THE SLOW AND MEASURED change to Irish multinational tax structures has started as the cacophony of criticism now blemishes Ireland's reputation.
While nobody believes Ireland is a money laundering State, the legal mechanisms codified by the Irish government (and others) make easy work of parking billions of dollars away from the hands of governments around the world.  The current state of distressed financial balance sheets held by democracies cry out for all countries to agree to changes that would ensure easier taxation of profits earned by multinationals. Thanks to multinationals such as Apple and Google, Ireland is regarded as a tax haven.  Even if everything said in briefing documents about Ireland is untrue, some of the mud has stuck and that will put the Irish government on the back foot with its European task masters.
This is a major diplomatic challenge for all nations because tax policies need to remain a domestic imperative. But as investigators around the world have shown, tax codes weren't written for the age of the telegraph. In today's internet age, those calcified tax codes haven't a hope of catching up with billions of dollars monthly of corporation profits.  Perhaps it's time for unitary taxation.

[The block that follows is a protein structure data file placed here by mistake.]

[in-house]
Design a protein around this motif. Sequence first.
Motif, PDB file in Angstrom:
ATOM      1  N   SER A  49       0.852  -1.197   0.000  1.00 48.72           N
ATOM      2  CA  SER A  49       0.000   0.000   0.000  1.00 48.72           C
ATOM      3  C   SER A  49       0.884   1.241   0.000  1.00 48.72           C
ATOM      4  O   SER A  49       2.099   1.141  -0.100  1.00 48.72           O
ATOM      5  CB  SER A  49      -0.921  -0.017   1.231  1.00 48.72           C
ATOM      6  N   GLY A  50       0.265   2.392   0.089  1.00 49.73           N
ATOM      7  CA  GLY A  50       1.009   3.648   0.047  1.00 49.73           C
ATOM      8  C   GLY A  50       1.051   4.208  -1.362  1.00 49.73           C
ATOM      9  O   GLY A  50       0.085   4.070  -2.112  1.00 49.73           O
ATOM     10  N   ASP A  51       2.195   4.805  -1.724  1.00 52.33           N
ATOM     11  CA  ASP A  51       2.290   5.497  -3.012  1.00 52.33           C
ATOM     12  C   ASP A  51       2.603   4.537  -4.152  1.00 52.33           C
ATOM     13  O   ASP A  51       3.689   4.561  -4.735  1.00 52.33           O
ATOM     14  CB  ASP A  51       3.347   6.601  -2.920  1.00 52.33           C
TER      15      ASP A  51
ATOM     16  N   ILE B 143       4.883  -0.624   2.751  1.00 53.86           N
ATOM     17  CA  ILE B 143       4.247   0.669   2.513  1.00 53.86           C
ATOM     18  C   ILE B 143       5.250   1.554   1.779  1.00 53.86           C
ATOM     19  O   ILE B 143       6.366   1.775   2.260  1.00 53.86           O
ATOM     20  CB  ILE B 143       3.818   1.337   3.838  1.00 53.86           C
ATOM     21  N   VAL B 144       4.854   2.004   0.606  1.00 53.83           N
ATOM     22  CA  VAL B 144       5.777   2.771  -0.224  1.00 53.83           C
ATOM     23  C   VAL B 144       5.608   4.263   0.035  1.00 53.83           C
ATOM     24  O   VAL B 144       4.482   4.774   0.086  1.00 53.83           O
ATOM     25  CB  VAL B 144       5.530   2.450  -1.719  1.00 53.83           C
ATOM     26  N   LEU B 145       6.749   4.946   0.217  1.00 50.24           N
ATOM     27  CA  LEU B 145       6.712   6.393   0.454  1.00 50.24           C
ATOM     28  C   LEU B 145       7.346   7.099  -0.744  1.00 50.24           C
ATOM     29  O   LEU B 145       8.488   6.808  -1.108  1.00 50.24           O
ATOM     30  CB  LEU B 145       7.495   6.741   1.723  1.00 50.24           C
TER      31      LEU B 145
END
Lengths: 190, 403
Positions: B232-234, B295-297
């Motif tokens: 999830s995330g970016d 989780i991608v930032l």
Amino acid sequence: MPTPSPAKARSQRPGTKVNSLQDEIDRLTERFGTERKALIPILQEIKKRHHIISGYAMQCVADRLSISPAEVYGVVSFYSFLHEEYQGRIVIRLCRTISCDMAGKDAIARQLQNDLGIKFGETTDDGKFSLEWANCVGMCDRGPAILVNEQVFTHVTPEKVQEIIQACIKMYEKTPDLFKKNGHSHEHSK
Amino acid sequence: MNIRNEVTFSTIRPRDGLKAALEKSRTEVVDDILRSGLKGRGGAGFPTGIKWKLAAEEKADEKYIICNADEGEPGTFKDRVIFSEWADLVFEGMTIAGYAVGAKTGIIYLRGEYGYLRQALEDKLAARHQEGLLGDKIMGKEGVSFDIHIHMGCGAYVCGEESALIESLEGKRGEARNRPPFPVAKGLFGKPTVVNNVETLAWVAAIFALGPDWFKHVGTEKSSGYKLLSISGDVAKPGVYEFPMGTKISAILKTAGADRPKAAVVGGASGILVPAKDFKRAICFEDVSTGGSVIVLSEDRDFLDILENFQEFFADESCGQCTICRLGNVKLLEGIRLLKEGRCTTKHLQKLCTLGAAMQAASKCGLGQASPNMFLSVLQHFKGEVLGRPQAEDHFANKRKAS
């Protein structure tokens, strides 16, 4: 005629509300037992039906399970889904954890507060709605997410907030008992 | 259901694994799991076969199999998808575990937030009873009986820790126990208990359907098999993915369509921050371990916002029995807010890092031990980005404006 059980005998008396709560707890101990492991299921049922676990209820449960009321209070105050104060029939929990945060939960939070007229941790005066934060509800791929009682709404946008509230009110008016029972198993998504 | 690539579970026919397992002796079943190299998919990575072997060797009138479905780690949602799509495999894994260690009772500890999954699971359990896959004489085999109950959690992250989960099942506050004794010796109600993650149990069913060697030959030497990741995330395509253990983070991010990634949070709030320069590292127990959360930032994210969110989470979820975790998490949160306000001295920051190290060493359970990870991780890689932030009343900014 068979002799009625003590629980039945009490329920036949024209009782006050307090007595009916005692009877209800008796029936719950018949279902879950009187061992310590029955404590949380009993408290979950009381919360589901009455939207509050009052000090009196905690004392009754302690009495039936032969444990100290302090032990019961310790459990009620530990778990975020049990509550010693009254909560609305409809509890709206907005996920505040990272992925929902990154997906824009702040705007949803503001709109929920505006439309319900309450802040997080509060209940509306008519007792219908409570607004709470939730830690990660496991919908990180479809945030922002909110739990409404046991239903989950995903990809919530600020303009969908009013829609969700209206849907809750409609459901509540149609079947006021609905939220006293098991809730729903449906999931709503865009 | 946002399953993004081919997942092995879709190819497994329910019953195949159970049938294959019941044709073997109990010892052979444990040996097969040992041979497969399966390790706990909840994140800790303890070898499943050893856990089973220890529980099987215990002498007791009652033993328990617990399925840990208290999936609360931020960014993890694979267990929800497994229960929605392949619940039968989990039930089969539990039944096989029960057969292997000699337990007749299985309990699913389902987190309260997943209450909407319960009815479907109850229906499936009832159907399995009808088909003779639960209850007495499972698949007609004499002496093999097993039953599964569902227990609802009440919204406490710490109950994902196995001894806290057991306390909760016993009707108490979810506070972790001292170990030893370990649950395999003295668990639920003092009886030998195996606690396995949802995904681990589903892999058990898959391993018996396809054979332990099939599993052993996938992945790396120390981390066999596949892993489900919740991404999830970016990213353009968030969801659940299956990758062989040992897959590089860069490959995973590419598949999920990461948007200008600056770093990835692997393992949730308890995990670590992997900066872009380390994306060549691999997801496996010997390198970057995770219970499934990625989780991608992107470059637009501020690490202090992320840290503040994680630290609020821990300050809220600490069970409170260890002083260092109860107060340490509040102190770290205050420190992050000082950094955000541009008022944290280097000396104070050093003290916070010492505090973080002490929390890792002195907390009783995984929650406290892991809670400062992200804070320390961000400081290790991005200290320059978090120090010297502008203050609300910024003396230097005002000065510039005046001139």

In a paper that will continue the meme of corporate tax through the month of June, Ireland has been named the third biggest tax haven in the world for US profits. Jim Stewart, a senior lecturer in finance at Trinity College in Dublin, claims American companies in Ireland paid tax of 4.2% on more than €80bn of net profits in 2008. 
1. Simon Duke -- "Apple's Rotten Core" in the Sunday Times, May 26, 2013.
2. Sarah McInerney -- "Under Fire" in the Sunday Times, May 26, 2013.
3. Brian Carey -- "Corporate tax reform will come dropping slow" in the Sunday Times, May 26, 2013.
4. Sarah McInerney -- "Ireland is third biggest US tax haven" on the front page of the Sunday Times, May 26, 2013.
5. Cliff Taylor and Ian Kehoe -- "Apple got tax deal in 1990" on the front page of the Sunday Business Post, May 26, 2013.Bernie Goldbach teaches respect for innovative companies as part of the creative multimedia Honours degree in the Limerick School of Art & Design.